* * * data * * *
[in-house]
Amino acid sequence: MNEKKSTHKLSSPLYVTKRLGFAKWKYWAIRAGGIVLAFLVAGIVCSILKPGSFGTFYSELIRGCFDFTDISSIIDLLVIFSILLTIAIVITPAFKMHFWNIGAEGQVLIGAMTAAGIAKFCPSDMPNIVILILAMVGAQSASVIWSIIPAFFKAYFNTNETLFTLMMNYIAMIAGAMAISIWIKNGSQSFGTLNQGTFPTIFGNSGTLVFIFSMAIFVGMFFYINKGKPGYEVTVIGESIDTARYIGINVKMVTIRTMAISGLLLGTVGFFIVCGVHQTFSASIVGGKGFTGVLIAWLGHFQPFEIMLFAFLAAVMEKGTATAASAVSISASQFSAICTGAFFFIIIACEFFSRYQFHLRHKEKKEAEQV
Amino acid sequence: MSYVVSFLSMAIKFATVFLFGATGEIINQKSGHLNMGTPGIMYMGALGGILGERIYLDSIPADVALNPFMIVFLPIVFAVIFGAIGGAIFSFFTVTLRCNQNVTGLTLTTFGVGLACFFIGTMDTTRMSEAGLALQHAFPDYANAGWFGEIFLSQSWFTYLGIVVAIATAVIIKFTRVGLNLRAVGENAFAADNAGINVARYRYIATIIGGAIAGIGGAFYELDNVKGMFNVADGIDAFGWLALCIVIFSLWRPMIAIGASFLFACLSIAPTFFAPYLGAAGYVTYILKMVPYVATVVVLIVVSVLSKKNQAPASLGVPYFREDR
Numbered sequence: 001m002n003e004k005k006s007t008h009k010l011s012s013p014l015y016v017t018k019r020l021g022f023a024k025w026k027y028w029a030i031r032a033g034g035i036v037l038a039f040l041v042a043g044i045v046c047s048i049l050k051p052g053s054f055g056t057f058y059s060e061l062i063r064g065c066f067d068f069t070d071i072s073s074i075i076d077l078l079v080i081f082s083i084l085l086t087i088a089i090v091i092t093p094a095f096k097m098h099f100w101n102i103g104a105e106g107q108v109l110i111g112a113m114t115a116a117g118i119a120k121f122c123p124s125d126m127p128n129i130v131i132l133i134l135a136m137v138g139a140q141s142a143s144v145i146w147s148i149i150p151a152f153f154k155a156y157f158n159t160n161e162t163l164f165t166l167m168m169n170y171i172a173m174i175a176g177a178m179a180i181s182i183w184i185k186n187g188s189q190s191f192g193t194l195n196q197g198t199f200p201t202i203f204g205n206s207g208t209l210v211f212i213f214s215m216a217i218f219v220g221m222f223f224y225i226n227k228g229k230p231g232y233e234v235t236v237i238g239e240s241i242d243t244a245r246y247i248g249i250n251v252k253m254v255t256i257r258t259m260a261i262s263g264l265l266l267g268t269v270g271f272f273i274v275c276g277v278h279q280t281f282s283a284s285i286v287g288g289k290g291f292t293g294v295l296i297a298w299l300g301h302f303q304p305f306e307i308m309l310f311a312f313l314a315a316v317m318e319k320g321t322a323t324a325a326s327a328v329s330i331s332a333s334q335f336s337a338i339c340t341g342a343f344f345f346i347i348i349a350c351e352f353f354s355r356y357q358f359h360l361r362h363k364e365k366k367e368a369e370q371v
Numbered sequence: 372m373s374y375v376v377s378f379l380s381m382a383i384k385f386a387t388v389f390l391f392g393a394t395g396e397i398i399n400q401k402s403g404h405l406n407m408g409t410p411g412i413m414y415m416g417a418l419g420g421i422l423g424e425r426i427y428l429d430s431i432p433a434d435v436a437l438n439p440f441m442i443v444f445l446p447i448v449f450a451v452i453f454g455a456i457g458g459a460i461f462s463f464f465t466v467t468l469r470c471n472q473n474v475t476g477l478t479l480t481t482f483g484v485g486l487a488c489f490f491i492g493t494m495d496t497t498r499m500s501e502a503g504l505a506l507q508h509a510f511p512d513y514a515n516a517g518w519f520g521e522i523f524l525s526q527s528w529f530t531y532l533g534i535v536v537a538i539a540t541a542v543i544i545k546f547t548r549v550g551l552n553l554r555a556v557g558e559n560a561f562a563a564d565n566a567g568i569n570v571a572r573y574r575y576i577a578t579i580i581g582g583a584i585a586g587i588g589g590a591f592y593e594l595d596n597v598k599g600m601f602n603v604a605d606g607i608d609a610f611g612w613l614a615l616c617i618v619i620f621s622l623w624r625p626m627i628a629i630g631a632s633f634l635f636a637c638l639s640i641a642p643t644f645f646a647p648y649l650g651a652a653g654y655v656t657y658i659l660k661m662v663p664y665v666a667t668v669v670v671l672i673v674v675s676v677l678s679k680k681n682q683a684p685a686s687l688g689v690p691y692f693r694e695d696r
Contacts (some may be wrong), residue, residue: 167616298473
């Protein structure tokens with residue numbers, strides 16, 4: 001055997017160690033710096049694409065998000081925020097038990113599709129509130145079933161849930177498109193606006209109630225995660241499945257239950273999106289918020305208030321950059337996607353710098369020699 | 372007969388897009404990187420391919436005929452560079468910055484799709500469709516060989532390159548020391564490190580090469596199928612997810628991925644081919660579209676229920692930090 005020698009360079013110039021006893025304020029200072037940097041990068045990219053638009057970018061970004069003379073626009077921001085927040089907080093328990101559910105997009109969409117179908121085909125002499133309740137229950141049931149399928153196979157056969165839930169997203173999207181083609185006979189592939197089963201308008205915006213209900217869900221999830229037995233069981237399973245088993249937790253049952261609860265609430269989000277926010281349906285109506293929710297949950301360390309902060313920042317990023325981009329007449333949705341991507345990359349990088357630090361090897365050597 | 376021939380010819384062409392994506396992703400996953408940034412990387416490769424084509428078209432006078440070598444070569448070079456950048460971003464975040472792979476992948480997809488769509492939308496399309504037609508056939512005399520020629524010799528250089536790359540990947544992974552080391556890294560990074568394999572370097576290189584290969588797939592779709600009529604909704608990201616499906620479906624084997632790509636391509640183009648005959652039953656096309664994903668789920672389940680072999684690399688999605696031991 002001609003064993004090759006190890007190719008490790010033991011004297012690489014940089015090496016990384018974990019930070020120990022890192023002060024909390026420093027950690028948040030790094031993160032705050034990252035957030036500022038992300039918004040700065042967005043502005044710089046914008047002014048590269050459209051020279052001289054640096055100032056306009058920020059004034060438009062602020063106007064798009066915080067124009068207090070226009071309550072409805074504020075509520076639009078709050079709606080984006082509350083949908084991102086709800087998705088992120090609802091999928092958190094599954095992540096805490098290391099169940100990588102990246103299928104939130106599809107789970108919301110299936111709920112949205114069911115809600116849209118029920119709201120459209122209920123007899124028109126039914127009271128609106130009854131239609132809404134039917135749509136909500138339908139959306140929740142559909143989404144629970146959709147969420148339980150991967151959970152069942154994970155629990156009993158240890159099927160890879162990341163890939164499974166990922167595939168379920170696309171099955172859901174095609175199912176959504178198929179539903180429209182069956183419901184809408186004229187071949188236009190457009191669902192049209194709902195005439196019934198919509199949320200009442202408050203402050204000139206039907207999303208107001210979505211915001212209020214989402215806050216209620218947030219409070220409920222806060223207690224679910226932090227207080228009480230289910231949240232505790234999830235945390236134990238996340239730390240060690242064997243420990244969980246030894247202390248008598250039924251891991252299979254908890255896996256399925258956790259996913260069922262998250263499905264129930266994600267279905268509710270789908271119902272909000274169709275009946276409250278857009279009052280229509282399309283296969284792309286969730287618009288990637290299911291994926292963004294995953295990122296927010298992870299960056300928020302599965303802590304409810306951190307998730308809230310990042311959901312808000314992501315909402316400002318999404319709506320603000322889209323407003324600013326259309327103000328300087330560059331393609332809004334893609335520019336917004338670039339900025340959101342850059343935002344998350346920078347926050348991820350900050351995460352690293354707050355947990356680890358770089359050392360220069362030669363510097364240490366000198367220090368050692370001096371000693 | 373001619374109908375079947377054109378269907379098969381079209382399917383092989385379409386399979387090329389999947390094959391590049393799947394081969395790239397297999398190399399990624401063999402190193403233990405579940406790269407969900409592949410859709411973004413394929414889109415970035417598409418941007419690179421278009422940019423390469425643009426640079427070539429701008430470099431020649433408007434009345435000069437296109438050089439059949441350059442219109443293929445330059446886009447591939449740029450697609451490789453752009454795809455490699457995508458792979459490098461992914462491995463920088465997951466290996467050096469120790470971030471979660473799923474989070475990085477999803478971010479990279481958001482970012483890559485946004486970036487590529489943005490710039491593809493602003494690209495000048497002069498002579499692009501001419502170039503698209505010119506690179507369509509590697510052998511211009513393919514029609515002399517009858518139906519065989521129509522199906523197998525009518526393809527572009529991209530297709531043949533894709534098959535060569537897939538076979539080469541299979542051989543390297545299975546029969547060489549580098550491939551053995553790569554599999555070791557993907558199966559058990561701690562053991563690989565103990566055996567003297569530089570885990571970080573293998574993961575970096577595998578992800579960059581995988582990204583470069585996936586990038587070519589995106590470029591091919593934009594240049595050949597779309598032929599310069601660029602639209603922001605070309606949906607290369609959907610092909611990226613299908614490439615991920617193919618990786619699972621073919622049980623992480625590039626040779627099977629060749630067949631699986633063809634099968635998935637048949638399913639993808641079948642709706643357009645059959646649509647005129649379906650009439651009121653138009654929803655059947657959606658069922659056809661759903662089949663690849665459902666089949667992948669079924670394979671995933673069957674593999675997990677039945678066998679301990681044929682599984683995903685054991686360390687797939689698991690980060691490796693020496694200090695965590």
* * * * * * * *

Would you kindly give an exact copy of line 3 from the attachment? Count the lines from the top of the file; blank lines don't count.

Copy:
Amino acid sequence: MSYVVSFLSMAIKFATVFLFGATGEIINQKSGHLNMGTPGIMYMGALGGILGERIYLDSIPADVALNPFMIVFLPIVFAVIFGAIGGAIFSFFTVTLRCNQNVTGLTLTTFGVGLACFFIGTMDTTRMSEAGLALQHAFPDYANAGWFGEIFLSQSWFTYLGIVVAIATAVIIKFTRVGLNLRAVGENAFAADNAGINVARYRYIATIIGGAIAGIGGAFYELDNVKGMFNVADGIDAFGWLALCIVIFSLWRPMIAIGASFLFACLSIAPTFFAPYLGAAGYVTYILKMVPYVATVVVLIVVSVLSKKNQAPASLGVPYFREDR